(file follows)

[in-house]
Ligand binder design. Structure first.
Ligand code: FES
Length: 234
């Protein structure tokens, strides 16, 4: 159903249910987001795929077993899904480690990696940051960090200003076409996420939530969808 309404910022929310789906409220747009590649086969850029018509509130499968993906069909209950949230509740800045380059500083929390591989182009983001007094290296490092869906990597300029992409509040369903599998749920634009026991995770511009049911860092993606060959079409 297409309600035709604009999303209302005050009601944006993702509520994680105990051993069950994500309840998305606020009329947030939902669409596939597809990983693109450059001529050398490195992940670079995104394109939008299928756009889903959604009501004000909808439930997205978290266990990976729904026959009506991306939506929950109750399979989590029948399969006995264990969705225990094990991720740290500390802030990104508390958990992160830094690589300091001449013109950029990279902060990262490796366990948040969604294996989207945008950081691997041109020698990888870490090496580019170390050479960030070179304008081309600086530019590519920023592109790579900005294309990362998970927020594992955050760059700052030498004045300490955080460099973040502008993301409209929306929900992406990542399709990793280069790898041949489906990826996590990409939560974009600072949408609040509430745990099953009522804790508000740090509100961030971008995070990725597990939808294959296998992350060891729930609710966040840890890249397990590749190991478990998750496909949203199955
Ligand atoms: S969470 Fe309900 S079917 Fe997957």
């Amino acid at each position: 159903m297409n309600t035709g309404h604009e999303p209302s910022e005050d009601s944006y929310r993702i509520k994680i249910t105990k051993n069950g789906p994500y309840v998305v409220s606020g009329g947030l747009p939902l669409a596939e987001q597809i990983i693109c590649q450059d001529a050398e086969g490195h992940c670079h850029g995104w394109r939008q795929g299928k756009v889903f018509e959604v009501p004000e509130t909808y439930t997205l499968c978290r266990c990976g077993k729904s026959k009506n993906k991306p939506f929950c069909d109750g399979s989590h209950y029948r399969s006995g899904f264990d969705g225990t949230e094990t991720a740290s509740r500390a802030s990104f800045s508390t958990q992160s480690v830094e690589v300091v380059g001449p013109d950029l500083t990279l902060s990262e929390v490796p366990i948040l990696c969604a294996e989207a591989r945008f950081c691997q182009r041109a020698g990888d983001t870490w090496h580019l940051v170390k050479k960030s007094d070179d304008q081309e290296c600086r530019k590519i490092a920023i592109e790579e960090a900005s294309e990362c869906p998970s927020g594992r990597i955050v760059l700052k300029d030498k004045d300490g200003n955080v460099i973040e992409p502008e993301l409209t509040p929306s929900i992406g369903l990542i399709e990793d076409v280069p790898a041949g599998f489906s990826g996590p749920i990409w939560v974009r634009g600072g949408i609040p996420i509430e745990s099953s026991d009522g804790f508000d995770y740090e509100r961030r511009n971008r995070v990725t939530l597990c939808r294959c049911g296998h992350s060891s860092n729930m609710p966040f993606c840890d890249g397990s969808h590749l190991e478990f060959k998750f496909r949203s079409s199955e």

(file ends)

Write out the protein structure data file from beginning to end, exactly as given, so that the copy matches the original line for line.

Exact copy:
[in-house]
Ligand binder design. Structure first.
Ligand code: FES
Length: 234
């Protein structure tokens, strides 16, 4: 159903249910987001795929077993899904480690990696940051960090200003076409996420939530969808 309404910022929310789906409220747009590649086969850029018509509130499968993906069909209950949230509740800045380059500083929390591989182009983001007094290296490092869906990597300029992409509040369903599998749920634009026991995770511009049911860092993606060959079409 297409309600035709604009999303209302005050009601944006993702509520994680105990051993069950994500309840998305606020009329947030939902669409596939597809990983693109450059001529050398490195992940670079995104394109939008299928756009889903959604009501004000909808439930997205978290266990990976729904026959009506991306939506929950109750399979989590029948399969006995264990969705225990094990991720740290500390802030990104508390958990992160830094690589300091001449013109950029990279902060990262490796366990948040969604294996989207945008950081691997041109020698990888870490090496580019170390050479960030070179304008081309600086530019590519920023592109790579900005294309990362998970927020594992955050760059700052030498004045300490955080460099973040502008993301409209929306929900992406990542399709990793280069790898041949489906990826996590990409939560974009600072949408609040509430745990099953009522804790508000740090509100961030971008995070990725597990939808294959296998992350060891729930609710966040840890890249397990590749190991478990998750496909949203199955
Ligand atoms: S969470 Fe309900 S079917 Fe997957």
């Amino acid at each position: 159903m297409n309600t035709g309404h604009e999303p209302s910022e005050d009601s944006y929310r993702i509520k994680i249910t105990k051993n069950g789906p994500y309840v998305v409220s606020g009329g947030l747009p939902l669409a596939e987001q597809i990983i693109c590649q450059d001529a050398e086969g490195h992940c670079h850029g995104w394109r939008q795929g299928k756009v889903f018509e959604v009501p004000e509130t909808y439930t997205l499968c978290r266990c990976g077993k729904s026959k009506n993906k991306p939506f929950c069909d109750g399979s989590h209950y029948r399969s006995g899904f264990d969705g225990t949230e094990t991720a740290s509740r500390a802030s990104f800045s508390t958990q992160s480690v830094e690589v300091v380059g001449p013109d950029l500083t990279l902060s990262e929390v490796p366990i948040l990696c969604a294996e989207a591989r945008f950081c691997q182009r041109a020698g990888d983001t870490w090496h580019l940051v170390k050479k960030s007094d070179d304008q081309e290296c600086r530019k590519i490092a920023i592109e790579e960090a900005s294309e990362c869906p998970s927020g594992r990597i955050v760059l700052k300029d030498k004045d300490g200003n955080v460099i973040e992409p502008e993301l409209t509040p929306s929900i992406g369903l990542i399709e990793d076409v280069p790898a041949g599998f489906s990826g996590p749920i990409w939560v974009r634009g600072g949408i609040p996420i509430e745990s099953s026991d009522g804790f508000d995770y740090e509100r961030r511009n971008r995070v990725t939530l597990c939808r294959c049911g296998h992350s060891s860092n729930m609710p966040f993606c840890d890249g397990s969808h590749l190991e478990f060959k998750f496909r949203s079409s199955e």